In many respects, adoption of multiple SaaS applications mirrors what happened in the 1990s as companies brought in so-called best-of-breed applications and then had to figure out how to integrate them to execute business processes that transcended any one application. “This is eerily reminiscent of 10 years ago,” says Pring, although he acknowledges that SaaS vendors typically are much better at connecting to other applications and better at using standards than vendors were a decade ago.

Back then, most enterprises decided the integration effort for best-of-breed wasn’t worth the cost, so they began adopting suites instead. The same is likely to become true for SaaS, where the first such suites are already emerging—and CIOs need to understand that adopting a specific SaaS application may put them on the road to bringing in additional SaaS applications, ones that may compete with existing suites they’re heavily invested in, says Gartner’s Desisto.

For example, Salesforce.com is intent on creating a suite based on its CRM software and its AppExchange platform through which other companies can develop plug-in applications for Salesforce.com that use the same architecture and data model, thereby eliminating the need for customization that could cause breakage when Salesforce.com is upgraded. ERP provider NetSuite has a similar strategy, though largely limited to the mid-market, notes Tier1’s Mankowski.

How to Protect Standards

Other issues arise when choosing to deploy SaaS applications, but these issues are familiar to enterprises with a history of outsourcing IT. They may not, however, be familiar to all SaaS providers, especially to those that have focused mainly on small business customers. Service levels. Because an outside entity is running the software, there’s always the fear that your enterprise won’t get the uptime levels and other services you need. Salesforce.com had several widely reported service outages last winter, confirming some CIO’s worst fears about SaaS.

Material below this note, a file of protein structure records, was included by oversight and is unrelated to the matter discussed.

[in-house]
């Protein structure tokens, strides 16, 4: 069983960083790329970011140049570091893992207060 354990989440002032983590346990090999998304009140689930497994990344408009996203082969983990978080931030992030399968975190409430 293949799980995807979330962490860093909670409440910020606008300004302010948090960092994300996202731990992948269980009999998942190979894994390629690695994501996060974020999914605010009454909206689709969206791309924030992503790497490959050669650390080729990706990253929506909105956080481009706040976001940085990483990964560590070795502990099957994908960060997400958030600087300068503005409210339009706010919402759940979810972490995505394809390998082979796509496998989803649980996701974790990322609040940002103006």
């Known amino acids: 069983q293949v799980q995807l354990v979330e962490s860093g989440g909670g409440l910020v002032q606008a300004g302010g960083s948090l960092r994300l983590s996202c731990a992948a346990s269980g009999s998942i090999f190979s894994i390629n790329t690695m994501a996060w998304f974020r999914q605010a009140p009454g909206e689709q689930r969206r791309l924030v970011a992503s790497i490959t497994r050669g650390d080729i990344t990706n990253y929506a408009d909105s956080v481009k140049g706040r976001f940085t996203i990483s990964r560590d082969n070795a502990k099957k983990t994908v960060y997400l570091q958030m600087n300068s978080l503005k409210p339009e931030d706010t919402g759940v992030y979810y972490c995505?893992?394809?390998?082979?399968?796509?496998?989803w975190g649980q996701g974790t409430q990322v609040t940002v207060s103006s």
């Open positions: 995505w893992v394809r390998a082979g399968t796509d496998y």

“But there have been no major issues since then,” says AMR analyst Bois, with Salesforce.com or other providers. “Reliability is not as much a question as it used to be,” he adds, because SaaS providers typically deliver the same availability as most enterprises do, with uptimes of 99.999 percent. Bois does recommend that any SaaS contract include a service-level agreement (SLA) of at least 99.5 percent availability, which Bois says is the common minimum.

But don’t expect most SaaS vendors to have anticipated the need for SLAs, warns Gartner analyst Pring. Reflecting the vendors’ focus on mid-market customers, “85 percent of SaaS apps have no SLAs,” he says. Vendors targeting larger enterprises are more likely to have SLAs in place.

Security. Security concerns have diminished in many CIOs’ minds. There have been no reported breaches at SaaS providers. “I used to be concerned about sending sensitive information out,” says EFI’s Do, “but then I realized I already send out payroll information, so I realized I could trust outside providers.” He verifies the vendors’ security plans, though, before granting that trust. Schwab prefers that its SaaS providers segregate its data onto separate storage hardware when critical information is involved, notes Hohenstein, although it will allow commingled storage in some cases. “Either way, we have stringent requirements on security,” he says.